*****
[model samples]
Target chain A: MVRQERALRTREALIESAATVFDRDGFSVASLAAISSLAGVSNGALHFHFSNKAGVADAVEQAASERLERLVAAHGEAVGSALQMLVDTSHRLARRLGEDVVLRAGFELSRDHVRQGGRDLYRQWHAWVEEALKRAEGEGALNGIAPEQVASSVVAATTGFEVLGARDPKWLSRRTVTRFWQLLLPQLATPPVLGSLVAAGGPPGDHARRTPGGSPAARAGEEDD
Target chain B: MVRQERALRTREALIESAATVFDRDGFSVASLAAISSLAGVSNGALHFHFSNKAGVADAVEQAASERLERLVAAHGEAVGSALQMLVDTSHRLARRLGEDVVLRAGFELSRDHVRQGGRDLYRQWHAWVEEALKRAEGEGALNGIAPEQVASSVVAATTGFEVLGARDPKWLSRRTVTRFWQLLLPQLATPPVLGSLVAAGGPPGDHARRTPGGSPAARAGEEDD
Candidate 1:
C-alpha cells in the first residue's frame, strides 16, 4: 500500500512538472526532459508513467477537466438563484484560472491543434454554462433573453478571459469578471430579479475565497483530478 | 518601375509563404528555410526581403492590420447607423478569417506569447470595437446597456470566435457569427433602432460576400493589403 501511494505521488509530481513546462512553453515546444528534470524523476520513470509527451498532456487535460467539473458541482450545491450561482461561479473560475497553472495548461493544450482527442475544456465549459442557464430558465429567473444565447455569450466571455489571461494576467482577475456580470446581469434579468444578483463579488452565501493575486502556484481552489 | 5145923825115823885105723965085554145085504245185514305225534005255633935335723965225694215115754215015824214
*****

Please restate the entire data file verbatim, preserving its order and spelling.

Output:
[model samples]
Target chain A: MVRQERALRTREALIESAATVFDRDGFSVASLAAISSLAGVSNGALHFHFSNKAGVADAVEQAASERLERLVAAHGEAVGSALQMLVDTSHRLARRLGEDVVLRAGFELSRDHVRQGGRDLYRQWHAWVEEALKRAEGEGALNGIAPEQVASSVVAATTGFEVLGARDPKWLSRRTVTRFWQLLLPQLATPPVLGSLVAAGGPPGDHARRTPGGSPAARAGEEDD
Target chain B: MVRQERALRTREALIESAATVFDRDGFSVASLAAISSLAGVSNGALHFHFSNKAGVADAVEQAASERLERLVAAHGEAVGSALQMLVDTSHRLARRLGEDVVLRAGFELSRDHVRQGGRDLYRQWHAWVEEALKRAEGEGALNGIAPEQVASSVVAATTGFEVLGARDPKWLSRRTVTRFWQLLLPQLATPPVLGSLVAAGGPPGDHARRTPGGSPAARAGEEDD
Candidate 1:
C-alpha cells in the first residue's frame, strides 16, 4: 500500500512538472526532459508513467477537466438563484484560472491543434454554462433573453478571459469578471430579479475565497483530478 | 518601375509563404528555410526581403492590420447607423478569417506569447470595437446597456470566435457569427433602432460576400493589403 501511494505521488509530481513546462512553453515546444528534470524523476520513470509527451498532456487535460467539473458541482450545491450561482461561479473560475497553472495548461493544450482527442475544456465549459442557464430558465429567473444565447455569450466571455489571461494576467482577475456580470446581469434579468444578483463579488452565501493575486502556484481552489 | 5145923825115823885105723965085554145085504245185514305225534005255633935335723965225694215115754215015824214